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US President Barack Obama marked the tenth anniversary of the Iraq invasion on Tuesday by paying tribute to the "sacrifice" of US troops, but had few words for the Iraqi people.
In a muted statement, issued on the eve of a visit to a Middle East much changed since his predecessor George W. Bush unleashed the 2003 war, Obama promised to support wounded American veterans of the conflict.
"As we mark the 10th anniversary of the beginning of the Iraq war, Michelle and I join our fellow Americans in paying tribute to all who served and sacrificed in one of our nation's longest wars," Obama said.
The last US troops left Iraq in December 2011, eight years after they had deposed dictator Saddam Hussein. They left behind an elected Iraqi government, but a population scarred by what is a still ongoing period of violence.
Around 4,500 US troops died in the conflict, and many more were wounded, while at least 112,000 Iraqi civilians have lost their lives, some caught up in fighting and others murdered by sectarian death squads or killed in bomb attacks.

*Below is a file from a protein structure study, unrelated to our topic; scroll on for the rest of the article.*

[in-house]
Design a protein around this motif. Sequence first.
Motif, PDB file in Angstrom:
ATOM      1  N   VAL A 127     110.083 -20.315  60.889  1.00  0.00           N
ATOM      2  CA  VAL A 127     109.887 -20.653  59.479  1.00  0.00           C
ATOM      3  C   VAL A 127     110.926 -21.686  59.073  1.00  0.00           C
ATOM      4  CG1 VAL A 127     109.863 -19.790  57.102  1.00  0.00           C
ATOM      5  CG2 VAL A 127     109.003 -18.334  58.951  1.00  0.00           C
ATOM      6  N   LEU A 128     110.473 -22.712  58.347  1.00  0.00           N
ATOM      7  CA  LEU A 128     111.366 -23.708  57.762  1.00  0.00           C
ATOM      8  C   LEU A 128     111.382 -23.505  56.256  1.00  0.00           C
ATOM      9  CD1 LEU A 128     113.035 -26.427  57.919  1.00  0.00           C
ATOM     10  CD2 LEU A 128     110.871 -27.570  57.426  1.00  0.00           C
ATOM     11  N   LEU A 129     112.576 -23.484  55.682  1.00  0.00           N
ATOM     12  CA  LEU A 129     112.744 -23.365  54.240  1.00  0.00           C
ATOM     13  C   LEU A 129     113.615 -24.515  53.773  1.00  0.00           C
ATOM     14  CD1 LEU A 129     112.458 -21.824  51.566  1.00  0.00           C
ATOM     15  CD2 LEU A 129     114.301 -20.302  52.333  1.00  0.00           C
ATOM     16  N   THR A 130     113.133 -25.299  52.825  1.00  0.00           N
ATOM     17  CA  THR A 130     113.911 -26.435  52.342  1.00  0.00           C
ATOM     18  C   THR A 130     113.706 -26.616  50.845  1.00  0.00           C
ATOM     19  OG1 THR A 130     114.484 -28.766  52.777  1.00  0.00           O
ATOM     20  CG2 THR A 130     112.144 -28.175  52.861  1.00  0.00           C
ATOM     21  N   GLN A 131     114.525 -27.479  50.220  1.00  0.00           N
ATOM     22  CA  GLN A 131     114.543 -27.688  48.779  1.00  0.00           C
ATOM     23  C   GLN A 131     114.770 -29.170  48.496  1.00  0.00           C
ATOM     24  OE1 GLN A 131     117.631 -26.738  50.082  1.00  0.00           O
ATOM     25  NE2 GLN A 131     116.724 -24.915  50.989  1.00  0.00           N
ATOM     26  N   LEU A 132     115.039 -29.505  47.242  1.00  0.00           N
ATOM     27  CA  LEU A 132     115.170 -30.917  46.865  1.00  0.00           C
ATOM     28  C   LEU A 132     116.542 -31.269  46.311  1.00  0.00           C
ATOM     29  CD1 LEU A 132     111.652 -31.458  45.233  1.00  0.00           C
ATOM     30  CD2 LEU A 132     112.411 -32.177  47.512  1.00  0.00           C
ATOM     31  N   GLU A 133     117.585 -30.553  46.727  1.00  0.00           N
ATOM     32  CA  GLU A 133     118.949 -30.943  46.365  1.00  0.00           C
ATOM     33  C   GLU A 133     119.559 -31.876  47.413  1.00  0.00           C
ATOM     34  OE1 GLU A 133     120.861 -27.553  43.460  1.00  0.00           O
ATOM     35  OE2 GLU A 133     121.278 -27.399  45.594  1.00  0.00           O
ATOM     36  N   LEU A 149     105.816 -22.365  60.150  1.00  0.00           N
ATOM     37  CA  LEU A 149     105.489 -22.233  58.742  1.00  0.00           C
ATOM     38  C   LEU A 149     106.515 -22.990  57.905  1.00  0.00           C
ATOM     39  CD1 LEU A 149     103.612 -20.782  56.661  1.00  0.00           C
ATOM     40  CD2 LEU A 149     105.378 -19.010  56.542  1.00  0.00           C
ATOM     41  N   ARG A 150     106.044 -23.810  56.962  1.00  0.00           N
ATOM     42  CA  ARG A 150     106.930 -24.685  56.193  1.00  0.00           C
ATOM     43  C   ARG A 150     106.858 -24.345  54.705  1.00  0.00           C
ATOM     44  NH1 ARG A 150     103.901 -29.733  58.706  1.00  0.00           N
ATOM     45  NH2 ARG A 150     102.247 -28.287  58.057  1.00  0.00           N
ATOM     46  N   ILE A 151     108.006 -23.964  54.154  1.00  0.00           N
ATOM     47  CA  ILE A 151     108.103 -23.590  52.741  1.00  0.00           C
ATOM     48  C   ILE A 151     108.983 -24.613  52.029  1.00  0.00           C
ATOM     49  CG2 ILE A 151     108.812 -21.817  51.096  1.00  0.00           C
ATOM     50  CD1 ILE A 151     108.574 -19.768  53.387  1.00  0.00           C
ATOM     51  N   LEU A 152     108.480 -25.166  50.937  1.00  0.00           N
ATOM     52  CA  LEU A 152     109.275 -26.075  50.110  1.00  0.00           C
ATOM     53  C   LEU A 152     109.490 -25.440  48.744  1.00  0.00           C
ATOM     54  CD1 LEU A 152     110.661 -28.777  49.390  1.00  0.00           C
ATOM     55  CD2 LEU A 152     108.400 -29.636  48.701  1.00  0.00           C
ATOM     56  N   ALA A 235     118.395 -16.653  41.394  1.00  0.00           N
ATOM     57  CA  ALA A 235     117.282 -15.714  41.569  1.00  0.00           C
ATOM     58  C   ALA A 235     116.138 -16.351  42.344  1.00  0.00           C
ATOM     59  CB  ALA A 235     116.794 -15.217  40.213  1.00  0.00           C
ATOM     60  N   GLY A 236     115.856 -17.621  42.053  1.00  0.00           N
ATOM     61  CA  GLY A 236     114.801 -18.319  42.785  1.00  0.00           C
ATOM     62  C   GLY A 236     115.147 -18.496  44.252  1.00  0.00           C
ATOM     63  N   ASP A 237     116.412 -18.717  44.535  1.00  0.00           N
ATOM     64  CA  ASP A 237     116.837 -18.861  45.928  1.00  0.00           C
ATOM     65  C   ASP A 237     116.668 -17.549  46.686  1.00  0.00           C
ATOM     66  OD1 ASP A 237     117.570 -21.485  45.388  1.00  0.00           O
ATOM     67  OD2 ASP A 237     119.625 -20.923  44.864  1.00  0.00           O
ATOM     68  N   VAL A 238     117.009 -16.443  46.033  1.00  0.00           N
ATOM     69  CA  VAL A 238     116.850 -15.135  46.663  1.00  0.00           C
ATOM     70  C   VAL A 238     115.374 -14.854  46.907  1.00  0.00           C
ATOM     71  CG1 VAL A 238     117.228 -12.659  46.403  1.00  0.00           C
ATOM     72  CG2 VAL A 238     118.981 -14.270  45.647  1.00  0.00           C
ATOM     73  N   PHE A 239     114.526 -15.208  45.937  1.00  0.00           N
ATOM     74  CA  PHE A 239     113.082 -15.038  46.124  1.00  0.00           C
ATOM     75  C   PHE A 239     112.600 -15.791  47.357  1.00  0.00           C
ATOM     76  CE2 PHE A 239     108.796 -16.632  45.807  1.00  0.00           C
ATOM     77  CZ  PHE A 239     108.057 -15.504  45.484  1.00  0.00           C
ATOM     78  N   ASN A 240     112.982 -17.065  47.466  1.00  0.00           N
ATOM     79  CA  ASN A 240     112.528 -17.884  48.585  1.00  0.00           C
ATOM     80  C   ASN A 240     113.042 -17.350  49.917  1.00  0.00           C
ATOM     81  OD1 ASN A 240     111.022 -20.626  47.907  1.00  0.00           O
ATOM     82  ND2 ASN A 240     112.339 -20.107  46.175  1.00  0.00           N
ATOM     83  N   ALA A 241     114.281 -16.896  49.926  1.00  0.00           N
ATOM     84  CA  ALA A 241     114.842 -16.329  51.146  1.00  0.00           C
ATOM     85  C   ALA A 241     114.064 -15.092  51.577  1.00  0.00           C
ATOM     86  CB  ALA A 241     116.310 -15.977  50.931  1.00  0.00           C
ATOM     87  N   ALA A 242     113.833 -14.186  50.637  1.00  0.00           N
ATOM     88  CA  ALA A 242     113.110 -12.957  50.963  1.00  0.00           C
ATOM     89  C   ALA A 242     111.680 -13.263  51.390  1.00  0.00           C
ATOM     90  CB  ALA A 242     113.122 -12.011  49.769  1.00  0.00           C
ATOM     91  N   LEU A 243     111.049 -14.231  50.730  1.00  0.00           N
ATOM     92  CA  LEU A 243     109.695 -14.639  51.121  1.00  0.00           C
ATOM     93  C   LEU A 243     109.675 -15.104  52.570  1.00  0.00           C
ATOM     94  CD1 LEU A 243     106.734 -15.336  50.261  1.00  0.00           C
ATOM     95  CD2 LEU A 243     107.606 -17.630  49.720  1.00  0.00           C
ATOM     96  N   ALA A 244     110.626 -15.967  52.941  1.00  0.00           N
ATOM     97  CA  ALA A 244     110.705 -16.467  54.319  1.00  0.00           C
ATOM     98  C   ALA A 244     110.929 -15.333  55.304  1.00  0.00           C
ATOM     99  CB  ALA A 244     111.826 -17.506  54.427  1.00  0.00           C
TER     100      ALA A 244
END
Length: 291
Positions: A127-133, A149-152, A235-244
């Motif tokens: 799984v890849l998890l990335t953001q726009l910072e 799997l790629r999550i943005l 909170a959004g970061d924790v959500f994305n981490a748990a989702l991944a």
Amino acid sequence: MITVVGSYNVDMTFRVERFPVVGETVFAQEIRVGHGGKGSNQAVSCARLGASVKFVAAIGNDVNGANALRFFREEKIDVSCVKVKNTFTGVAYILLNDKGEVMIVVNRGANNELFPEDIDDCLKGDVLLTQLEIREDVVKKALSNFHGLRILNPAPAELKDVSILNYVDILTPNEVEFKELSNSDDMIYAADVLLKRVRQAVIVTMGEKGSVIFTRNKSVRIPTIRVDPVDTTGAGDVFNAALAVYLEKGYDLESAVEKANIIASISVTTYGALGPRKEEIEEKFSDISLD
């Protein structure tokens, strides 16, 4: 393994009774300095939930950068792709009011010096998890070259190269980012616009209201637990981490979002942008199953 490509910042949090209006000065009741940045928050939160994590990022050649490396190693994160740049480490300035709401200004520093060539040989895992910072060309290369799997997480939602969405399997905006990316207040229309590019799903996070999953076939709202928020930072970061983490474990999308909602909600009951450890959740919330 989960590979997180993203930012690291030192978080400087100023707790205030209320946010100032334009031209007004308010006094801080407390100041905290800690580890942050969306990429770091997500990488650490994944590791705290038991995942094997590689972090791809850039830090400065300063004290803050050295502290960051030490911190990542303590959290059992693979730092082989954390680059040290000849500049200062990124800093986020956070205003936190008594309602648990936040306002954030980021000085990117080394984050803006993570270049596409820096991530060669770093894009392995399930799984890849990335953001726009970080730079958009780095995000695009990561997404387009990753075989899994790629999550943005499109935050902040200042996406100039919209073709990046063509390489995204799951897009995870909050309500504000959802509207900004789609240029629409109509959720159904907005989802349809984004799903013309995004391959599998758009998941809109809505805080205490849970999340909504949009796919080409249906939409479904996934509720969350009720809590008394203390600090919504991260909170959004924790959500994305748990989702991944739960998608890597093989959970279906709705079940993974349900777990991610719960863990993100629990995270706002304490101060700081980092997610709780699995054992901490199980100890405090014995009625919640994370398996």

"We salute the courage and resolve of more than 1.5 million service members and civilians who during multiple tours wrote one of the most extraordinary chapters in military service," Obama said.
"We honor the memory of the nearly 4,500 Americans who made the ultimate sacrifice to give the Iraqi people an opportunity to forge their own future after many years of hardship," he added.
The statement did not touch on the Bush administration's decision to start the war, which Obama had opposed at the time, but instead underlined the grim aftermath faced by US veterans and the families of the dead and wounded.
"We must ensure that the more than 30,000 Americans wounded in Iraq receive the care and benefits they deserve and that we continue to improve treatment for traumatic brain injury and post-traumatic stress disorder," Obama said.
The United States still has more than 60,000 troops deployed in Afghanistan 12 years after the September 11 attacks by the Al-Qaeda network on US cities, but Obama has vowed to bring them home by the end of next year.
On Tuesday, Obama is due in Israel, where he will hold talks with Israeli leaders about the current crises in the Middle East: the civil war in Syria and the West's stand-off with Iran over its nuclear program.